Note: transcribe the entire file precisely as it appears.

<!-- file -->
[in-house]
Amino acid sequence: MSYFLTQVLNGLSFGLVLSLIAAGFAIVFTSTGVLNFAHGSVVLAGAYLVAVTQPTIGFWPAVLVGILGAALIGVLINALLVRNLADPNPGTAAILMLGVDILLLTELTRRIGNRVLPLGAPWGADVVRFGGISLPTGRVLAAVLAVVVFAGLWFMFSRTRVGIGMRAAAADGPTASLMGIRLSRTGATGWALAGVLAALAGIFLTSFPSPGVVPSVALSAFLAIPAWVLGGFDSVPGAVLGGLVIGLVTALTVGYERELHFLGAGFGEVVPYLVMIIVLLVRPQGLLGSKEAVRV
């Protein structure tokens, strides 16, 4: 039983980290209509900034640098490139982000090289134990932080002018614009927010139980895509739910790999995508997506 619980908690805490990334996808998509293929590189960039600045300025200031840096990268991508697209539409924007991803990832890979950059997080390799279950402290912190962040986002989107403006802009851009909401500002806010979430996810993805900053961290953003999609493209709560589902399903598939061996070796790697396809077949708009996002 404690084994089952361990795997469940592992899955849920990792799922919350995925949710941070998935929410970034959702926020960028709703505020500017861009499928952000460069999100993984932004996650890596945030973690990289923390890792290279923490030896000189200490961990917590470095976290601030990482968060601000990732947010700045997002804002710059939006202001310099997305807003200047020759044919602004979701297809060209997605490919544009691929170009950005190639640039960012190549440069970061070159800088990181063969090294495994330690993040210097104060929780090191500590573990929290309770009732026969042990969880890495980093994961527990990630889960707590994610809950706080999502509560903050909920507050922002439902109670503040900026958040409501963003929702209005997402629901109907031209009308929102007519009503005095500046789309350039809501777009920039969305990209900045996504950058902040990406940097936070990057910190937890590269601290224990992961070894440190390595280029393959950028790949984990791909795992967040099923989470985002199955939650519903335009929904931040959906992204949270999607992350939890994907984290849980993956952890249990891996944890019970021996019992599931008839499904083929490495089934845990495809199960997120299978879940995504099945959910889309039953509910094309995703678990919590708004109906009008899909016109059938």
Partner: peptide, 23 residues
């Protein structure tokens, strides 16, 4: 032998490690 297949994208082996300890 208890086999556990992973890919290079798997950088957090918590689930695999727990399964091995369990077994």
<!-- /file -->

[in-house]
Amino acid sequence: MSYFLTQVLNGLSFGLVLSLIAAGFAIVFTSTGVLNFAHGSVVLAGAYLVAVTQPTIGFWPAVLVGILGAALIGVLINALLVRNLADPNPGTAAILMLGVDILLLTELTRRIGNRVLPLGAPWGADVVRFGGISLPTGRVLAAVLAVVVFAGLWFMFSRTRVGIGMRAAAADGPTASLMGIRLSRTGATGWALAGVLAALAGIFLTSFPSPGVVPSVALSAFLAIPAWVLGGFDSVPGAVLGGLVIGLVTALTVGYERELHFLGAGFGEVVPYLVMIIVLLVRPQGLLGSKEAVRV
């Protein structure tokens, strides 16, 4: 039983980290209509900034640098490139982000090289134990932080002018614009927010139980895509739910790999995508997506 619980908690805490990334996808998509293929590189960039600045300025200031840096990268991508697209539409924007991803990832890979950059997080390799279950402290912190962040986002989107403006802009851009909401500002806010979430996810993805900053961290953003999609493209709560589902399903598939061996070796790697396809077949708009996002 404690084994089952361990795997469940592992899955849920990792799922919350995925949710941070998935929410970034959702926020960028709703505020500017861009499928952000460069999100993984932004996650890596945030973690990289923390890792290279923490030896000189200490961990917590470095976290601030990482968060601000990732947010700045997002804002710059939006202001310099997305807003200047020759044919602004979701297809060209997605490919544009691929170009950005190639640039960012190549440069970061070159800088990181063969090294495994330690993040210097104060929780090191500590573990929290309770009732026969042990969880890495980093994961527990990630889960707590994610809950706080999502509560903050909920507050922002439902109670503040900026958040409501963003929702209005997402629901109907031209009308929102007519009503005095500046789309350039809501777009920039969305990209900045996504950058902040990406940097936070990057910190937890590269601290224990992961070894440190390595280029393959950028790949984990791909795992967040099923989470985002199955939650519903335009929904931040959906992204949270999607992350939890994907984290849980993956952890249990891996944890019970021996019992599931008839499904083929490495089934845990495809199960997120299978879940995504099945959910889309039953509910094309995703678990919590708004109906009008899909016109059938």
Partner: peptide, 23 residues
């Protein structure tokens, strides 16, 4: 032998490690 297949994208082996300890 208890086999556990992973890919290079798997950088957090918590689930695999727990399964091995369990077994």